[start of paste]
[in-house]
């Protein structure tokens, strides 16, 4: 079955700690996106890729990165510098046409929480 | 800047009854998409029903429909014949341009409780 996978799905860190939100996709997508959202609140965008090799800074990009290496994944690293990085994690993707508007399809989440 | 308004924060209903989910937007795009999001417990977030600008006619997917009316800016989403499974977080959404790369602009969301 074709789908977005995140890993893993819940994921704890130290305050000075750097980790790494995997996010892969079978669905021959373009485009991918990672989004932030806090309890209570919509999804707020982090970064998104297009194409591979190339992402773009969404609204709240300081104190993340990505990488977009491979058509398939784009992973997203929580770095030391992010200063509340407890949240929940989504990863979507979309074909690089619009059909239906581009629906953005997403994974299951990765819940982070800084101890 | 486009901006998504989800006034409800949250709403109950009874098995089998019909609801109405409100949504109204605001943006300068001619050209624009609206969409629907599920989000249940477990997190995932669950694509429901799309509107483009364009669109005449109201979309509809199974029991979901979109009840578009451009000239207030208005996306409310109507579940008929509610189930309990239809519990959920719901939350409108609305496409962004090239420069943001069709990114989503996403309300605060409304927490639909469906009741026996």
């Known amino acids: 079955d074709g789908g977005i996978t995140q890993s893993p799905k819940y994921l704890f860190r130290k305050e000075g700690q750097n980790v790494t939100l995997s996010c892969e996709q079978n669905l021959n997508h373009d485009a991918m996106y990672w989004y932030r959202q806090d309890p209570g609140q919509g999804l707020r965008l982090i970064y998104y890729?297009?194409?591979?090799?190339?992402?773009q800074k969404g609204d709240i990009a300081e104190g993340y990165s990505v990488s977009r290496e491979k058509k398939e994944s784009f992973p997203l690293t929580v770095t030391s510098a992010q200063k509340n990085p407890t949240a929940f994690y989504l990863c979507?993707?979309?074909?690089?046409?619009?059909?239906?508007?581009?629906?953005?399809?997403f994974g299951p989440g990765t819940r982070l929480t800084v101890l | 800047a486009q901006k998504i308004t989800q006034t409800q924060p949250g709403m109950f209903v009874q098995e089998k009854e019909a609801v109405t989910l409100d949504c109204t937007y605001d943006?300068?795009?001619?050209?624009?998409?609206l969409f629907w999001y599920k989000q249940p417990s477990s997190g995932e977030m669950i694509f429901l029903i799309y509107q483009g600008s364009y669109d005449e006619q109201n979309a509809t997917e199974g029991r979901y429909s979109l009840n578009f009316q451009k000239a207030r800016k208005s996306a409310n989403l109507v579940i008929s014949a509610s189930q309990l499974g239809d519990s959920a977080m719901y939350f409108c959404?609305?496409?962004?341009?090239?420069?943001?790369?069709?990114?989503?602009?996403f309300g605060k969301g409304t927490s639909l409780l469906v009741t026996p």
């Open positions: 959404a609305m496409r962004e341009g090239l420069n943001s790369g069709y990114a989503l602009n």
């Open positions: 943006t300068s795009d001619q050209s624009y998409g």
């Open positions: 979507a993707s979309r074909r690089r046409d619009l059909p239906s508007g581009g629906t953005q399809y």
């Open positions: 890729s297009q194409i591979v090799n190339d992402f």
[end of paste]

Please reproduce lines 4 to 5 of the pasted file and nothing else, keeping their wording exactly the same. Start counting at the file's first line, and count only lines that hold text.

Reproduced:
């Open positions: 959404a609305m496409r962004e341009g090239l420069n943001s790369g069709y990114a989503l602009n």
């Open positions: 943006t300068s795009d001619q050209s624009y998409g």